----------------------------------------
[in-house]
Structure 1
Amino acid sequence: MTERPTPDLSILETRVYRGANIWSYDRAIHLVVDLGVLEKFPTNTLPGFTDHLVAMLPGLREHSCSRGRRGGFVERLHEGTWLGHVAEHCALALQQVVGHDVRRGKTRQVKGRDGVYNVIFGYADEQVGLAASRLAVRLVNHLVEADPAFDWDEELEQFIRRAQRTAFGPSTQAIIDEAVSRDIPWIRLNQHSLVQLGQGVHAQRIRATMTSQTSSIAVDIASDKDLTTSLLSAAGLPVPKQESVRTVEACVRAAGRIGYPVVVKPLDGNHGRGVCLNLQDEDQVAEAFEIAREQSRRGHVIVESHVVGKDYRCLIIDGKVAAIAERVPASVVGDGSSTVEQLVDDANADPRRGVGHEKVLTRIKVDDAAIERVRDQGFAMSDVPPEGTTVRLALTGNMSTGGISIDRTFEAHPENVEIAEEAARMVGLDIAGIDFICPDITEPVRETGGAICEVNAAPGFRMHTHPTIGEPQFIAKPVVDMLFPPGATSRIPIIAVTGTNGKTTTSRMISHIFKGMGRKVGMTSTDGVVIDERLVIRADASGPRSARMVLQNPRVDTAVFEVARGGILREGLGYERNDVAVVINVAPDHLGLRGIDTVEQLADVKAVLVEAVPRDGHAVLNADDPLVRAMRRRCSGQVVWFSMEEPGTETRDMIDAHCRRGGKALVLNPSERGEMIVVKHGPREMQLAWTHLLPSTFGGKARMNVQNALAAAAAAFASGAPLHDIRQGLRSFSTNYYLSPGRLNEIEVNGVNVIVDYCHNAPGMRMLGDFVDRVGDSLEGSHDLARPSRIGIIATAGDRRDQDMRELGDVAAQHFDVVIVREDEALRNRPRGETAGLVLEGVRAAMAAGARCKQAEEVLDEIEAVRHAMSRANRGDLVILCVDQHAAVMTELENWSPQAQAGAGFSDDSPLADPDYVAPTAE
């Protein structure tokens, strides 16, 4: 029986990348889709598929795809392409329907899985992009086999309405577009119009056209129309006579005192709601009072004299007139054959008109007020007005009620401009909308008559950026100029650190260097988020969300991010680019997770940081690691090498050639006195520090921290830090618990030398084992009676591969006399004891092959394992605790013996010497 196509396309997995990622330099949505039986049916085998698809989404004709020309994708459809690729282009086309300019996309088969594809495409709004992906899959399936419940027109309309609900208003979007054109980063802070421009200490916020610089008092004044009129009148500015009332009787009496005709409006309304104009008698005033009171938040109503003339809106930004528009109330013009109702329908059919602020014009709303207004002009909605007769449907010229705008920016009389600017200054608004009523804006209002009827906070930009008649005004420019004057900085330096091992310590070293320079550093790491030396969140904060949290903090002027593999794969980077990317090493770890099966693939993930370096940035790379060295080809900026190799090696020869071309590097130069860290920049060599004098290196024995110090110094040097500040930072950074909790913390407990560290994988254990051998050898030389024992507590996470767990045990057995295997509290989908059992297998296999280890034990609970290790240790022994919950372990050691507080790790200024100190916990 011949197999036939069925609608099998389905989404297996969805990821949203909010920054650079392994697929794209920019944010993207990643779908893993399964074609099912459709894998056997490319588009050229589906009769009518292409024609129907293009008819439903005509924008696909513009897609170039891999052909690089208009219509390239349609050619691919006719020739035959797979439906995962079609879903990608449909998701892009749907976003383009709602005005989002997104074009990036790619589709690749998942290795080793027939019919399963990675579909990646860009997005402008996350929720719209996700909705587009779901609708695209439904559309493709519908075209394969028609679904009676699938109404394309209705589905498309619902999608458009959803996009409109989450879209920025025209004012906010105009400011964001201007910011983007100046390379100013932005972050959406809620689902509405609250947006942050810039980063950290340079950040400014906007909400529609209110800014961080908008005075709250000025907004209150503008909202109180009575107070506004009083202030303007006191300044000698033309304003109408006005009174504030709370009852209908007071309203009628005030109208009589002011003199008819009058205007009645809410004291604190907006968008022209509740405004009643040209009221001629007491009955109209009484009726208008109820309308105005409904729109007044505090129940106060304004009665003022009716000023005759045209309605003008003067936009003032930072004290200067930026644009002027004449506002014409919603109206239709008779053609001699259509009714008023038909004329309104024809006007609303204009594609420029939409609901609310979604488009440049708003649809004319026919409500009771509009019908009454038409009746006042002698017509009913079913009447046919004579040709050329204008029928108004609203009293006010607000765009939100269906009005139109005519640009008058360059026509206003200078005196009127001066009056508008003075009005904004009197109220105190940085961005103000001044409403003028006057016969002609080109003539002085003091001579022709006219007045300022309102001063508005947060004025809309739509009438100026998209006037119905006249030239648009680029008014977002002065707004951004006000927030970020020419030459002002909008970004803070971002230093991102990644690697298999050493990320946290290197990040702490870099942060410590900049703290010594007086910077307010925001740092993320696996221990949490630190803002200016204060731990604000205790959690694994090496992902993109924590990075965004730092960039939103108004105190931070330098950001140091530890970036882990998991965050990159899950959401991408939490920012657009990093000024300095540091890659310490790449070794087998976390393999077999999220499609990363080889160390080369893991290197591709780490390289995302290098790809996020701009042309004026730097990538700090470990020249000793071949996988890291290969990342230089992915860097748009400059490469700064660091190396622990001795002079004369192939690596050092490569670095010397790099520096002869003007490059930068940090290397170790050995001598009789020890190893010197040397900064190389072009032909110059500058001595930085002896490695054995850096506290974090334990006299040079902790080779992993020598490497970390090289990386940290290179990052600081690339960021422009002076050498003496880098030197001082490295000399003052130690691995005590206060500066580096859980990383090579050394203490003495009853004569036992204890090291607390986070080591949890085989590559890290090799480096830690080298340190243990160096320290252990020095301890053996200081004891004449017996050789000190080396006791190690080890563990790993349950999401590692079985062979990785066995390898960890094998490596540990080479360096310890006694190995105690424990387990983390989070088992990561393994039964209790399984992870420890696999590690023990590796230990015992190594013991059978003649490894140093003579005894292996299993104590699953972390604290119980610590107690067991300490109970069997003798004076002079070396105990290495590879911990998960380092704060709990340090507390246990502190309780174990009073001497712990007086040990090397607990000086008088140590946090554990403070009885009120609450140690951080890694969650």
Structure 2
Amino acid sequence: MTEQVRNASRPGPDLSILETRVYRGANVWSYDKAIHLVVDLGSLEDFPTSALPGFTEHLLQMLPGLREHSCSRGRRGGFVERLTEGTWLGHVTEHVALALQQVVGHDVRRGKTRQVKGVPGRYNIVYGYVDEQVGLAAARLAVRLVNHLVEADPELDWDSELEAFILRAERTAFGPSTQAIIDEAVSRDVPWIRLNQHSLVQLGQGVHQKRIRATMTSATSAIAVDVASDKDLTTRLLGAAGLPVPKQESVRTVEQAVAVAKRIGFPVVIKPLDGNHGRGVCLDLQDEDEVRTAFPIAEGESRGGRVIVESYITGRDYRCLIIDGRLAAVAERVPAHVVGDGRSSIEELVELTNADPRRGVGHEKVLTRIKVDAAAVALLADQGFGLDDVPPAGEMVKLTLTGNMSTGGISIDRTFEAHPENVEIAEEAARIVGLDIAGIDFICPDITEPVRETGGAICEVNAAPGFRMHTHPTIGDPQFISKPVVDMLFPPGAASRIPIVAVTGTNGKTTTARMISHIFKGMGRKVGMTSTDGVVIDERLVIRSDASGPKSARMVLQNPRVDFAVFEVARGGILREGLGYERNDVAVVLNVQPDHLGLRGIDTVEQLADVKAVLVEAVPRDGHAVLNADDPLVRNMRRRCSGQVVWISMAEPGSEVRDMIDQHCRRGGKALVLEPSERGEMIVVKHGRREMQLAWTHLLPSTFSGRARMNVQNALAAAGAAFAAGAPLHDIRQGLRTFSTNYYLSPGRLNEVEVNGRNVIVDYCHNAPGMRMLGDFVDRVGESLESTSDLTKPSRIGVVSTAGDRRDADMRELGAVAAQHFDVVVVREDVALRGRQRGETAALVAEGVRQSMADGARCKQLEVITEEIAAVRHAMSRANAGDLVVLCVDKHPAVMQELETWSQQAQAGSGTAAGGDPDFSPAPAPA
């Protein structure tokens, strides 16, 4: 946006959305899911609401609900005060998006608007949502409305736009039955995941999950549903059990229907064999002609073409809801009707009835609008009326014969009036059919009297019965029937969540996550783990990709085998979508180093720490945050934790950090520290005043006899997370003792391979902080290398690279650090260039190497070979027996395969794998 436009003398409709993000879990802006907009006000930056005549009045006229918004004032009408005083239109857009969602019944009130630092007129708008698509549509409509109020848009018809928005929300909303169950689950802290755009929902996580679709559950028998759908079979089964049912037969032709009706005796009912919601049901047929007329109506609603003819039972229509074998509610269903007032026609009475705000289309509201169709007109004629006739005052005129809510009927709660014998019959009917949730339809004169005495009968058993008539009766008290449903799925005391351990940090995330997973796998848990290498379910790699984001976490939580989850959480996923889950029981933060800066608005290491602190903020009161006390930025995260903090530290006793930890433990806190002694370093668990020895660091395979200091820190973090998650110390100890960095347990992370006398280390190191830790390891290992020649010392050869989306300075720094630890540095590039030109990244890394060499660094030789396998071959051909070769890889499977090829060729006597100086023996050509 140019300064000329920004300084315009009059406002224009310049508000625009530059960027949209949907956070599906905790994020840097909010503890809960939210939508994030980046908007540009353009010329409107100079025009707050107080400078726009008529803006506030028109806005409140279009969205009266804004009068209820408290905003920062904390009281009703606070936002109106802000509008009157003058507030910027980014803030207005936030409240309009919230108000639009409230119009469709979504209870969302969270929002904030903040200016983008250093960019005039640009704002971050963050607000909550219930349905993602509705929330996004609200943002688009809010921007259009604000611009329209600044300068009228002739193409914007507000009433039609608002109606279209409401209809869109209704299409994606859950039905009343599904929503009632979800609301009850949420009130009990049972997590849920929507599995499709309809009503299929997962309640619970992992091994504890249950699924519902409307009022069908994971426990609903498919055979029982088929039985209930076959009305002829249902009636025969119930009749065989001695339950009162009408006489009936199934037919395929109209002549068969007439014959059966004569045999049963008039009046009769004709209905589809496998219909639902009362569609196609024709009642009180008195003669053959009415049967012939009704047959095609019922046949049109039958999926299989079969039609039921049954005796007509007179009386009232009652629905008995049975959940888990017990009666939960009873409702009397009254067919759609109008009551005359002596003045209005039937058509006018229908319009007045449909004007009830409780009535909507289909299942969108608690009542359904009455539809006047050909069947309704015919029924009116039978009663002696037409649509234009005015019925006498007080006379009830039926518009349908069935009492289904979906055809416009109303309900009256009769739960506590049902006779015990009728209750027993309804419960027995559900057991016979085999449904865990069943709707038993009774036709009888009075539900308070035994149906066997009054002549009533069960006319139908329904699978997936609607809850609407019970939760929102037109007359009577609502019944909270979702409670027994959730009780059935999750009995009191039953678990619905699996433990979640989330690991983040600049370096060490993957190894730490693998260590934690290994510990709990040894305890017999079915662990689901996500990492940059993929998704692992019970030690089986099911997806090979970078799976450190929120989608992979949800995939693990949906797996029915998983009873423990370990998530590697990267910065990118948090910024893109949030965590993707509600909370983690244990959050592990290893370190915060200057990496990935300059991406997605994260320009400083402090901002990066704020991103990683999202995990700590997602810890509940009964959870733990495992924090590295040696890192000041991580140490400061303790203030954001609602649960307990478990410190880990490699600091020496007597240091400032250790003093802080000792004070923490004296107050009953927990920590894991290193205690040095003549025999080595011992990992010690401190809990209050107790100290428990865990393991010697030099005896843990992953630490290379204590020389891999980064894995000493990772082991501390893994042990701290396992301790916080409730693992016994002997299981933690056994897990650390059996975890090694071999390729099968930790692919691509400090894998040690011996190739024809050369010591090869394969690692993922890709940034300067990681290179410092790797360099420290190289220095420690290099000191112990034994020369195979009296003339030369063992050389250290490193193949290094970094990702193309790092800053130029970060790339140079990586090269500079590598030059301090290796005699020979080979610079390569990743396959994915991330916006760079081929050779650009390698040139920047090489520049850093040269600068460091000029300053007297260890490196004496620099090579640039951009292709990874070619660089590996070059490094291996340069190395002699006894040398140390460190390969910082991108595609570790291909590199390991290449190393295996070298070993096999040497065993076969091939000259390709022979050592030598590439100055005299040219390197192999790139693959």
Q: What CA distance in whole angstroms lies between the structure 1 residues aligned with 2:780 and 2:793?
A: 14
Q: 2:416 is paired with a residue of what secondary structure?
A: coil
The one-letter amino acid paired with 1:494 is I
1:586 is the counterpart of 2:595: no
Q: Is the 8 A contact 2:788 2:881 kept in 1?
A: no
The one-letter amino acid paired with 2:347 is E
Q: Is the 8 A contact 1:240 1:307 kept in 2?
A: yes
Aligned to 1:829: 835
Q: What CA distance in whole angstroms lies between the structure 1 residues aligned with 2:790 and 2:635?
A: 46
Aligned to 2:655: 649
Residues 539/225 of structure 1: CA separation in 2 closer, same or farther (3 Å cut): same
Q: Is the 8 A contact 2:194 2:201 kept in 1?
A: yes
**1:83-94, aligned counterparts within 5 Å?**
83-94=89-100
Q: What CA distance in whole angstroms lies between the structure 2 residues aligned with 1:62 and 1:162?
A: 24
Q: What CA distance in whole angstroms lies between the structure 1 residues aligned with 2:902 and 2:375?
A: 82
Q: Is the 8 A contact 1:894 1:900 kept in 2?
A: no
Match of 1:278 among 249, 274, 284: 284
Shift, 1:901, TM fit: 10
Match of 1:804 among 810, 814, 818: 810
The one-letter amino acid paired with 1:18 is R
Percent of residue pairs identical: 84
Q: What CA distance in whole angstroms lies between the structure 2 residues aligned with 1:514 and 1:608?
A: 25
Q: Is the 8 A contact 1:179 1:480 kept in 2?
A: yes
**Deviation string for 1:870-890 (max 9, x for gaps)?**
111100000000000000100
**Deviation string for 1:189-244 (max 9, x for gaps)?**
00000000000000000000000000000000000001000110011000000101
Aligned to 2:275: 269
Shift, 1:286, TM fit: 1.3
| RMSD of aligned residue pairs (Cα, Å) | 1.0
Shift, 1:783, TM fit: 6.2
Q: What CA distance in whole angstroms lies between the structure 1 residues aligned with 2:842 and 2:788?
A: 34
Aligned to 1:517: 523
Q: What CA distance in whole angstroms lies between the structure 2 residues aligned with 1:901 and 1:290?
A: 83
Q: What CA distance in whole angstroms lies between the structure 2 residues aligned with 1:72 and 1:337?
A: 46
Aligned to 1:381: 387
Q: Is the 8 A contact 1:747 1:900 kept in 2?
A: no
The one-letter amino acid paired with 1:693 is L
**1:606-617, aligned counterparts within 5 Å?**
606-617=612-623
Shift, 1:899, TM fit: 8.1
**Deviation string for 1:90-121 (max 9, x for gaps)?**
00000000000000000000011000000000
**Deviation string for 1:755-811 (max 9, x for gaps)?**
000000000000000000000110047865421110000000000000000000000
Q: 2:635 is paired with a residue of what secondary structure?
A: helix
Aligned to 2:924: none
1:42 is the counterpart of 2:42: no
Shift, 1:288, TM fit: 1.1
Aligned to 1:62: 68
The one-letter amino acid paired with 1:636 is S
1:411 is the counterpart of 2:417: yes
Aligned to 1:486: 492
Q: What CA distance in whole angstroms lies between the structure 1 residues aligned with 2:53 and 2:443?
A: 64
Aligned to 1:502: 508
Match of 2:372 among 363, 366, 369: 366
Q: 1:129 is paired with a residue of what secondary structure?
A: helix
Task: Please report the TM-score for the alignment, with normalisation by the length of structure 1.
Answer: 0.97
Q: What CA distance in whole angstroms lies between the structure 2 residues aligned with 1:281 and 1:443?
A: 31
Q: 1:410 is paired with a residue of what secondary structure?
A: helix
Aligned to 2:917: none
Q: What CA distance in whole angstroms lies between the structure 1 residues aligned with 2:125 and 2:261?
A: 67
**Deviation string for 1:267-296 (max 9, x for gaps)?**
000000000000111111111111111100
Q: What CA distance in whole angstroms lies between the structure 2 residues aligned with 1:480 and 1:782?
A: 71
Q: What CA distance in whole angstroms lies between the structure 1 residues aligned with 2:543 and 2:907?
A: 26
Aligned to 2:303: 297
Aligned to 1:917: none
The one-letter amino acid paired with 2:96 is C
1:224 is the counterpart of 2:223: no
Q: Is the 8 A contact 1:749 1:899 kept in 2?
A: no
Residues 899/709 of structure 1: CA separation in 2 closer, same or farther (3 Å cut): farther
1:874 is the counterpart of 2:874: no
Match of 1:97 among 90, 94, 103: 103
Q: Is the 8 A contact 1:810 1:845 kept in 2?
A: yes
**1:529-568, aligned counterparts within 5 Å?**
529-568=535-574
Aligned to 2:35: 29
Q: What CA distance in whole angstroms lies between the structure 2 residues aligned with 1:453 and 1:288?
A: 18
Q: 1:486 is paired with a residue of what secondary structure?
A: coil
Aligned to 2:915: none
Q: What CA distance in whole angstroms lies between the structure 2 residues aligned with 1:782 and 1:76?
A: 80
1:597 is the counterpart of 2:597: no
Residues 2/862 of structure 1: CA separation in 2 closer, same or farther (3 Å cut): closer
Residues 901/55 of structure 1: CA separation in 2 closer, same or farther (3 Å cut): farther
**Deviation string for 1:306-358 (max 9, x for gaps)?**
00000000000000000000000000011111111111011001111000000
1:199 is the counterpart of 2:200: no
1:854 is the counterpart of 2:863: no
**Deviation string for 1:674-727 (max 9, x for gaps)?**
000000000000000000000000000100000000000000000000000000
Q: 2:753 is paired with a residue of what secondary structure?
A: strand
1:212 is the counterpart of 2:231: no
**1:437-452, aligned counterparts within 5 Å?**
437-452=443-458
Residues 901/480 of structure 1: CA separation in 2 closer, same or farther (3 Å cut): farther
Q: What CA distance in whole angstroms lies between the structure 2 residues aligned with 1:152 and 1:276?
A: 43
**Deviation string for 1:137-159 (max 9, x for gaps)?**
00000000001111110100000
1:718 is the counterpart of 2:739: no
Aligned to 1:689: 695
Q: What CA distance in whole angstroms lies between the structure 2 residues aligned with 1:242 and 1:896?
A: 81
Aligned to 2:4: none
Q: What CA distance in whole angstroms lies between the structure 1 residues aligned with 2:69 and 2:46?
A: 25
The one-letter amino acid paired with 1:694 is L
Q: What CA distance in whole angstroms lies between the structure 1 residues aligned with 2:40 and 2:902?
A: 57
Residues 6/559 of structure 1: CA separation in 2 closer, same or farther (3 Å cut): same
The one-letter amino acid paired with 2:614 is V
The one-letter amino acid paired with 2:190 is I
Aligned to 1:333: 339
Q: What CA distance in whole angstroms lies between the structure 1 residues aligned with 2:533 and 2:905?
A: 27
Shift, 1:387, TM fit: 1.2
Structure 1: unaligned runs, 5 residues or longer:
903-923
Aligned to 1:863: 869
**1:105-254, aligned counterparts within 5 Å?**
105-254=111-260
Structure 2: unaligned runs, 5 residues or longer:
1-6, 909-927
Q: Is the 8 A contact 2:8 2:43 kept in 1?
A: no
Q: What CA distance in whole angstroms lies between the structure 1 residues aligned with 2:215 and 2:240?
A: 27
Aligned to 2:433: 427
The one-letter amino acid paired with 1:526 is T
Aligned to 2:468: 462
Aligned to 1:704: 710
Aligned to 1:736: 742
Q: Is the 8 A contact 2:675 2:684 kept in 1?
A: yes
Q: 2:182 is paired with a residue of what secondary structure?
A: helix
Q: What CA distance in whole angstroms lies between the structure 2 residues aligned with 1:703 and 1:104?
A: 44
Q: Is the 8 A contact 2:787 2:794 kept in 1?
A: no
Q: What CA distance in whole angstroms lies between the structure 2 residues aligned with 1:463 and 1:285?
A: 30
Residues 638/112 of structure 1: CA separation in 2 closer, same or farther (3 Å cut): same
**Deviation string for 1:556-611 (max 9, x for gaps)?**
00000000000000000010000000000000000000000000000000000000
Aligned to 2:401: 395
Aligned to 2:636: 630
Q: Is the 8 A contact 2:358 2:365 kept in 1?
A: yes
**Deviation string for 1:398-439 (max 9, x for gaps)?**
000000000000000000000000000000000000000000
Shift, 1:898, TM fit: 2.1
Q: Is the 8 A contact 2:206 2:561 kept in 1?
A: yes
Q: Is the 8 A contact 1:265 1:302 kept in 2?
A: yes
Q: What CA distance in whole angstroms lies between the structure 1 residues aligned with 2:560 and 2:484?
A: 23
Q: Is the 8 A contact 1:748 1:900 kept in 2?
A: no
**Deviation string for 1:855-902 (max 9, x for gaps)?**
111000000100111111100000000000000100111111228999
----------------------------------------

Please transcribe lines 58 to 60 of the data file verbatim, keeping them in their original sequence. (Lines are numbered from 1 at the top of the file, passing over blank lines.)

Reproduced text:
Aligned to 1:381: 387
Q: Is the 8 A contact 1:747 1:900 kept in 2?
A: no